Monday, July 25, 2011

Human Experimenting (but not what you think)

I've been reading all these fabulous, exciting articles about getting students online and connecting and interacting etc..., and been feeling more and more like this is something I want to try. But doing something so different is SCARY. No-one else at my school had tried anything like this before as far as I could make out. And my syllabus time is pressurised, and and and... But at the end of the day, I felt like these were just excuses. On Friday I decided to book the computer room, in the hopes that this would force me to just do it!

I then spent most of the weekend madly planning and trying to work out how to make the best use of the internet/geometer's sketchpad time. The lesson itself was an introduction to the sine/cosine/area rules in Trigonometry, with a very strong group of grade 11s. So I planned the first half of the hour and a half lesson to be a "collaborative research" style lesson, where we all searched for and posted links (under a twitter hashtag) about sites which we thought were interesting/useful/funny around the topic of applications of trigonometry, and proofs of the laws.

This went okay, though by the time the kids had logged in, and sorted Twitter out and so forth there wasn't that much time to actually get the interactions going properly. Keeping the class on-task was also tricky, but I'd hope that that would improve with time and practice (on my part as well as the class').  I also found it tricky to "sell" the value of the whole exercise to the kids. My most frequently asked question was "Is this for marks?"!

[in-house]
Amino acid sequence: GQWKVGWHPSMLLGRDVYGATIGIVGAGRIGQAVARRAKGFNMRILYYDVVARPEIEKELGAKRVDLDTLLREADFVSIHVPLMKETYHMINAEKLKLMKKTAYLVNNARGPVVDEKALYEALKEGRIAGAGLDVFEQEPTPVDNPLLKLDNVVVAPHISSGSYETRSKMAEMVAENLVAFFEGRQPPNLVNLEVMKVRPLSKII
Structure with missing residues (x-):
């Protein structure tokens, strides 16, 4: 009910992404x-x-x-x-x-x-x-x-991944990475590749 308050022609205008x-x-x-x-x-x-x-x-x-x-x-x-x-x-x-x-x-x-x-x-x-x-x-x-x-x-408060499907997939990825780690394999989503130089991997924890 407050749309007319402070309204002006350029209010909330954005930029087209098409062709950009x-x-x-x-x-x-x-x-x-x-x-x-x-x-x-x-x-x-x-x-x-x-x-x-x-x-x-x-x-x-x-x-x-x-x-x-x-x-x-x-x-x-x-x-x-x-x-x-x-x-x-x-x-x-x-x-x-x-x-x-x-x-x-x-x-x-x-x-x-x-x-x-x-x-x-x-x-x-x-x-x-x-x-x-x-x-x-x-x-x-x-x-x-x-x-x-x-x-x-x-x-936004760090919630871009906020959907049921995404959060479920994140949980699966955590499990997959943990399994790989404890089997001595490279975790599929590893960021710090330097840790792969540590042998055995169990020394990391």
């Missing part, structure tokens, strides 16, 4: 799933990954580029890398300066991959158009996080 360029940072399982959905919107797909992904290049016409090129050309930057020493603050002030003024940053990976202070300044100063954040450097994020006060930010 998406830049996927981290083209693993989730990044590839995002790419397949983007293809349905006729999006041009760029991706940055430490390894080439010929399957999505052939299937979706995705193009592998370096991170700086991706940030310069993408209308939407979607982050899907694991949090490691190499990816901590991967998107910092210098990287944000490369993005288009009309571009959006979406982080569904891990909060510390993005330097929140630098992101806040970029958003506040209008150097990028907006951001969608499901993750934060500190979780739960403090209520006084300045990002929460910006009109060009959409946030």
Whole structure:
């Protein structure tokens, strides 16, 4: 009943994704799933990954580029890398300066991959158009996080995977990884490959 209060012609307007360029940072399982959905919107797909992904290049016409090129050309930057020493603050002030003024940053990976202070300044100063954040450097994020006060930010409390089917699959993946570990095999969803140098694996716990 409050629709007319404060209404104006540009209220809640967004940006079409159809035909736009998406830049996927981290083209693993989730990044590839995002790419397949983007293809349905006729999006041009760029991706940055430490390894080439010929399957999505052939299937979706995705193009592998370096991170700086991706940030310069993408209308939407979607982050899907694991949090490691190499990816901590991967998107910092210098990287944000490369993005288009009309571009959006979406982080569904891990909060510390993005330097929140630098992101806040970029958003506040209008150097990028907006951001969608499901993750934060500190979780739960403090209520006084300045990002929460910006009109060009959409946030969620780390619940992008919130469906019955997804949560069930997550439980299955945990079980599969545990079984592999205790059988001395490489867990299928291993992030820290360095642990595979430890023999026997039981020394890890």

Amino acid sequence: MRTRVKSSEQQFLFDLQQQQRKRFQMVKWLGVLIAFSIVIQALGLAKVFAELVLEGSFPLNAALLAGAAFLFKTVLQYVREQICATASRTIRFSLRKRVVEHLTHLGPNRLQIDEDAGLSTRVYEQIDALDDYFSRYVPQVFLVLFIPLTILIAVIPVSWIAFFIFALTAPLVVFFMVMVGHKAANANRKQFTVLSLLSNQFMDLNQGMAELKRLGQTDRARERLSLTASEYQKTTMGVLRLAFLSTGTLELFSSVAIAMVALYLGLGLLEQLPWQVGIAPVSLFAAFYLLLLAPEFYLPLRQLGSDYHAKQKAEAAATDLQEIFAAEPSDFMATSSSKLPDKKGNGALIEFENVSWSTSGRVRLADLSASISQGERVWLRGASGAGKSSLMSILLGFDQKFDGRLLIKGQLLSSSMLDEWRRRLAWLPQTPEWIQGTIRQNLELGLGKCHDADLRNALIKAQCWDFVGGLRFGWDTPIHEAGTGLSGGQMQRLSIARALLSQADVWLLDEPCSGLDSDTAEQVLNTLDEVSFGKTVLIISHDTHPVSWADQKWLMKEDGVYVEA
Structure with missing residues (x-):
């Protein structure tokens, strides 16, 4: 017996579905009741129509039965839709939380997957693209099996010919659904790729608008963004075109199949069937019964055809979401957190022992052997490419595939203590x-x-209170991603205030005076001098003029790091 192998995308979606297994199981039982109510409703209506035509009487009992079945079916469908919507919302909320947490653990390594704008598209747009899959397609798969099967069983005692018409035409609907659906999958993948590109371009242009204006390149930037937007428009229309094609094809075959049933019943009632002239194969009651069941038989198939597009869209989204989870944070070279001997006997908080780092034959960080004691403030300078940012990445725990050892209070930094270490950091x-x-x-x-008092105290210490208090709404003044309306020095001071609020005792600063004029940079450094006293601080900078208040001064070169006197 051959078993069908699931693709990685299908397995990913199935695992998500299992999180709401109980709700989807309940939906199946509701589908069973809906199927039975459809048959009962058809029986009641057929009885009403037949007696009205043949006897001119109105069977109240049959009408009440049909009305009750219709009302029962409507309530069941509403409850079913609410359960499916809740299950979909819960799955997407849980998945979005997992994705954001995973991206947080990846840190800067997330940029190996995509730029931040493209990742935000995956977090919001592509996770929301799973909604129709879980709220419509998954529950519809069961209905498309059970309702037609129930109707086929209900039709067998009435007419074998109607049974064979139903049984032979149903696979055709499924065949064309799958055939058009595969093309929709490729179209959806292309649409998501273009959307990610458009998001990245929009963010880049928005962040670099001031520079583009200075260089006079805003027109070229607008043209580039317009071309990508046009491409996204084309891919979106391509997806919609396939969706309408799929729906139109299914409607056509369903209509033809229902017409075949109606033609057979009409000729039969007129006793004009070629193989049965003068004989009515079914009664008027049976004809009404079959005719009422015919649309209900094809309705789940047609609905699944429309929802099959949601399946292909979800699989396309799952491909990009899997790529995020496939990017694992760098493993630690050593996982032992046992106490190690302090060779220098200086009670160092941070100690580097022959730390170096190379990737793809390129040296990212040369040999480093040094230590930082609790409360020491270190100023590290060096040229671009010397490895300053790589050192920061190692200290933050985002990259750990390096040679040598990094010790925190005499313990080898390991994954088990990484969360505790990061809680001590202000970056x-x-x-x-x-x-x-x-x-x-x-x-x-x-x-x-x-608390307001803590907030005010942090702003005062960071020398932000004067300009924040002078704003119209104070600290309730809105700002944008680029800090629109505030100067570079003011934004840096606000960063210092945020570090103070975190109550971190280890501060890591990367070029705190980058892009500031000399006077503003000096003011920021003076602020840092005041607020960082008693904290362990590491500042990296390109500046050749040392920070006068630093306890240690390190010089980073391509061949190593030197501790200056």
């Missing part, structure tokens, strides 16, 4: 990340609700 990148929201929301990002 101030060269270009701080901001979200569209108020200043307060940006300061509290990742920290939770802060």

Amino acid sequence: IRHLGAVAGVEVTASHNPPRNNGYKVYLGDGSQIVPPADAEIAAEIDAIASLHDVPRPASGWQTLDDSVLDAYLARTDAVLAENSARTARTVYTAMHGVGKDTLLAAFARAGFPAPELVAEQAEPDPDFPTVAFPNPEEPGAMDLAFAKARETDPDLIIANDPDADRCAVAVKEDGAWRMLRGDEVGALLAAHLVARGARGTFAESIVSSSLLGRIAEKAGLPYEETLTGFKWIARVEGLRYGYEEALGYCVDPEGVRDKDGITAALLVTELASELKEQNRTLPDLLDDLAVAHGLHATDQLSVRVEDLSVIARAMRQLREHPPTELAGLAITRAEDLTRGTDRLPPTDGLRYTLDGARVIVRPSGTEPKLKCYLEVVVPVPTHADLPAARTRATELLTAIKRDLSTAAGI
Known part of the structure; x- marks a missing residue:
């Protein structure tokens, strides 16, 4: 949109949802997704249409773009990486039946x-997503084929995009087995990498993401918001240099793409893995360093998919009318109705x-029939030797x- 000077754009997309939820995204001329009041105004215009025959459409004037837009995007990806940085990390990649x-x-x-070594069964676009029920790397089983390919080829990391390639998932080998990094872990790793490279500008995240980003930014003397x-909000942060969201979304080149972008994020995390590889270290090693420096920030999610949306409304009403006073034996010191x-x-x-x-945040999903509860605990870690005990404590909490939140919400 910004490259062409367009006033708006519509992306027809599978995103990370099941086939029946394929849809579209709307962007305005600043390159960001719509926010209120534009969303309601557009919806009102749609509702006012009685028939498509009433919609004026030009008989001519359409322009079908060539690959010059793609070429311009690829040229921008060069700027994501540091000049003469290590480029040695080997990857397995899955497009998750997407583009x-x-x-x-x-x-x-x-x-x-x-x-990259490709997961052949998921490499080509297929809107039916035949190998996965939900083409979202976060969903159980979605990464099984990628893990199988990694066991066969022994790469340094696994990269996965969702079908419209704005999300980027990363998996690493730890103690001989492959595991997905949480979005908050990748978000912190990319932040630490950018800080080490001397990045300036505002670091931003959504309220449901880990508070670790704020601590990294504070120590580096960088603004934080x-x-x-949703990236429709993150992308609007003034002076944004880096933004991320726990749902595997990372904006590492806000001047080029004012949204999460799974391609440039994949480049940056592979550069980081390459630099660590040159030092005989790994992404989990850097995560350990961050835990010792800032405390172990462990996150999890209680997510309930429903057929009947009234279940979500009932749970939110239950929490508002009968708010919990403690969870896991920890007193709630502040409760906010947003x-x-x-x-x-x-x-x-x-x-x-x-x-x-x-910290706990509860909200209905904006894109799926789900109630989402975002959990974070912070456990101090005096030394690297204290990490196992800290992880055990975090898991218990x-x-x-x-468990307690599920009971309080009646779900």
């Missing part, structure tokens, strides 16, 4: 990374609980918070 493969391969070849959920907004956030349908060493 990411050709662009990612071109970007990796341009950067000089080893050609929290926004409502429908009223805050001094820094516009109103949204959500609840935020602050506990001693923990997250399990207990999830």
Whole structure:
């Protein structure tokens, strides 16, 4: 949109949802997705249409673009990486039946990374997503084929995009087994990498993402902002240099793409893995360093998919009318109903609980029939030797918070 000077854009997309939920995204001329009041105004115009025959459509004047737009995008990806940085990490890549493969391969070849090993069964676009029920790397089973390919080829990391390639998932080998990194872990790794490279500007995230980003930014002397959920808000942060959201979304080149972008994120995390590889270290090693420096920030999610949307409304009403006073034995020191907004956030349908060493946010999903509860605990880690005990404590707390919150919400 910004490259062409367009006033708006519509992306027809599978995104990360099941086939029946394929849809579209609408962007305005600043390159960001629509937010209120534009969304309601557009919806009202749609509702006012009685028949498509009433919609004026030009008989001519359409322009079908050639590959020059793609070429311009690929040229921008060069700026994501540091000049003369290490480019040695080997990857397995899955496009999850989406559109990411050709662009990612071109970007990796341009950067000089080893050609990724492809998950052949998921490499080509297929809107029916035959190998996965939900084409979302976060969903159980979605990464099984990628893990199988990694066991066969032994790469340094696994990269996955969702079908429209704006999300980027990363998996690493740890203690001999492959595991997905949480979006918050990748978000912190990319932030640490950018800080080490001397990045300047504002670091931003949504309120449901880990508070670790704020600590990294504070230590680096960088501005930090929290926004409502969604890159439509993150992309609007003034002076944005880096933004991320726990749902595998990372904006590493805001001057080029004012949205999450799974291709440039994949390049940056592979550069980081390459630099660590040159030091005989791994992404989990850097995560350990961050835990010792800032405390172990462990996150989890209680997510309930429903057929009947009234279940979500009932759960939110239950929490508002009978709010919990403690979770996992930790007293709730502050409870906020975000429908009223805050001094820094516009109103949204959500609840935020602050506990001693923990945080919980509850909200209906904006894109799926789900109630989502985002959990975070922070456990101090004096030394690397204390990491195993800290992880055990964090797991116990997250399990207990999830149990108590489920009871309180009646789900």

The second part of the lesson was an investigation of the sine rule, followed by a guided proof. The idea was that they would follow instructions to form a conjecture regarding the sine rule, and then prove their own conjecture (again, following instructions). Well, that went...okay...but you'll gather from my hesitation that it didn't go quite as I intended.

It was mainly slow. My instructions needed a certain amount of streamlining, but there were decent, especially since I was there to facilitate. But I underestimated how difficult it is to PROVE stuff when you're in grade 11. Even if you're very good at Maths.

To summarise:
  • Advantages - Not a total disaster. I saw some potential for developing the ideas and activities. I think it started to develop some (non-curricular) skills which are important to acquire.
  • Disadvantages - Time-consuming, and not necessarily always directly relevant to the (curricular) abilities that the kids need to acquire. Inefficient (but is real learning ever efficient?).
All in all, I think I will try this again...not every lesson or for every topic, but I will definitely try it again. In the immediate context, I think we will return to the computer lab on Wednesday to complete our proofs!